With ‘Fellows’ effort, SBU podcasts a wider net

Listen up: With podcats peaking as a news and entertainment source, Stony Brook Southampton is teaching students how to do them right.
By GREGORY ZELLER //

It’s a big week for podcast innovations on Long Island.

Just days after the Donald and Barbara Zucker School of Medicine at Hofstra/Northwell launched a serialized podcast following the real-life adventures of first-year medical students, Stony Brook Southampton – in partnership with Connecticut-based WSHU Public Radio – has announced a first-of-its-kind Audio Podcast Fellows program.

Designed to train students in all aspects of podcasting, the new program – which also involves Stony Brook University’s Manhattan extension – will be directed by Kathleen Russo, executive director of “Here’s the Thing,” Alec Baldwin’s nationally syndicated radio show and podcast.

In addition to giving celebrities like Baldwin a larger stage, podcasts have emerged as a digital-news standard, a major pop-culture medium and even an effective marketing tool – through efforts such as Northwell Health’s “Health Story,” a monthly podcasted informercial exploring Northwell’s advances and issues.

With the subscription-driven medium hitting a socioeconomic peak, a maximum of 12 students in the Audio Podcast Fellows program – chosen through a “competitive admissions process” – will develop their own podcasts “from proposal to pilot to pitch,” according to Stony Brook Southampton.

The program will focus first on classroom work at SBU’s Southampton and Manhattan facilities, where “leading industry professionals” – including National Public Radio veteran Julie Subrin, producer of Hofstra/Northwell’s “Making an MD: Year One” – are slated to instruct on topics ranging from production to narrative construction to editing the spoken word.

The idea is to develop “mastery in all phases of podcast production,” according to Stony Brook Southampton, including studio and on-site sound recording and digital editing.

Students will then venture into the field, developing innovative programming ideas, shepherding them through the proposal and pitch processes and finally creating “a soup-to-nuts pilot ready for market,” the university said.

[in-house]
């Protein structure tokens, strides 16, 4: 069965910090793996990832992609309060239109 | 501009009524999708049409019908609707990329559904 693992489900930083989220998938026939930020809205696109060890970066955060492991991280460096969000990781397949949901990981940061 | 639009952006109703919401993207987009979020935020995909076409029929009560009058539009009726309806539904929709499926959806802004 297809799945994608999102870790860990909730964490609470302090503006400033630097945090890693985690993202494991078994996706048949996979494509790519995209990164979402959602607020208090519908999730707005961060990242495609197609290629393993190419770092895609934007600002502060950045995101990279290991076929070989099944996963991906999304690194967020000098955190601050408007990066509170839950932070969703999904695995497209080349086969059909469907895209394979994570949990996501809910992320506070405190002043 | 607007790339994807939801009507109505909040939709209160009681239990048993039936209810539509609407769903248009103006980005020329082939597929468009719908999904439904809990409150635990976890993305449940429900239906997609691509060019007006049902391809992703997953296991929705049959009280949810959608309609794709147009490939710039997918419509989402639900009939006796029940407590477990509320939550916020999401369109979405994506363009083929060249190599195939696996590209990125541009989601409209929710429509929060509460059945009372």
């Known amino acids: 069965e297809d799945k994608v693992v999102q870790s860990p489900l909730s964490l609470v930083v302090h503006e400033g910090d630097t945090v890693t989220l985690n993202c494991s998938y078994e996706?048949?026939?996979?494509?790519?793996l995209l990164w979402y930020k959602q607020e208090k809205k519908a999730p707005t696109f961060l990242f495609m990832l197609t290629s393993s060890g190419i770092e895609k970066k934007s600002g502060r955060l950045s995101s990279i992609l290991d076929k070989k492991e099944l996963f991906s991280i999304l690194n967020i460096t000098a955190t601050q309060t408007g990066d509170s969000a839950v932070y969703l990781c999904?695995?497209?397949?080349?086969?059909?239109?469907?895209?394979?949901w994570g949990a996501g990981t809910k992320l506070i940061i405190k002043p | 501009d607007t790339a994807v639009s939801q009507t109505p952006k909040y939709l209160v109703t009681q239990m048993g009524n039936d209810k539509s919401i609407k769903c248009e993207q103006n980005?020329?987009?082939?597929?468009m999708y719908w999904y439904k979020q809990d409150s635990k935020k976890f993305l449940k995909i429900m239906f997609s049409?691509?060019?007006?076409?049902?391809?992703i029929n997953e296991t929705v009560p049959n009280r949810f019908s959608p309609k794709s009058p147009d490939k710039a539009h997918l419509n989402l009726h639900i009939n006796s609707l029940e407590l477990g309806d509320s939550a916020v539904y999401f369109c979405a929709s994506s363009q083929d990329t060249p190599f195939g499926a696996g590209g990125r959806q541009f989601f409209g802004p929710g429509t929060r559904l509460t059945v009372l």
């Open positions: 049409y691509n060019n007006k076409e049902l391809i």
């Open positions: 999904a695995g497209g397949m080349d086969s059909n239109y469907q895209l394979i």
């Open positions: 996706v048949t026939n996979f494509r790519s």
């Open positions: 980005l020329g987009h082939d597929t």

The program – slated to begin in August, when the Fall 2018 semester gets rolling – will also include “a range of internship options,” according to SBU.

Kathleen Russo: Production pro.

A Sag Harbor resident and widow of the late actor Spalding Gray, program director Russo boasts an accomplished history as a film, theater and radio producer. In addition to show-running Baldwin’s syndicated program and co-directing “Spalding Gray: Stories Left to Tell,” a Broadway play based on her husband’s work, Stony Brook Southampton’s special projects coordinator also served as executive producer on the Steven Soderbergh films “And Everything is Going Fine” and “Gray’s Anatomy.”

Her management of the Audio Podcast Fellows program adds gravitas worthy of an effort to educate students on a medium that’s “increasingly aligned with the future of storytelling and intellectual discourse,” according to Robert Reeves, associate provost of the Southampton Graduate Arts program.

“There is significant demand for producers, editors, writers and other professionals with the requisite skills for competing successfully in the marketplace,” Reeves said Wednesday. “Building exciting new partnerships, such as with WSHU, means we can offer students experiential learning options that are connected to real-world developments and opportunities.”

Fairfield-based WSHU Public Radio, which broadcasts to much of Long Island, plans to share excerpts from Audio Podcast Fellows creations with its audience. The station is “excited” to partner with Stony Brook Southampton on what Program Director Tom Kuser called an “innovative new program.”

“This collaboration allows us to do two things that WSHU is really committed to: deliver compelling new content to our community and provide unique, hands-on learning experiences to a new generation of creative-content producers and storytellers,” Kuser said in a statement.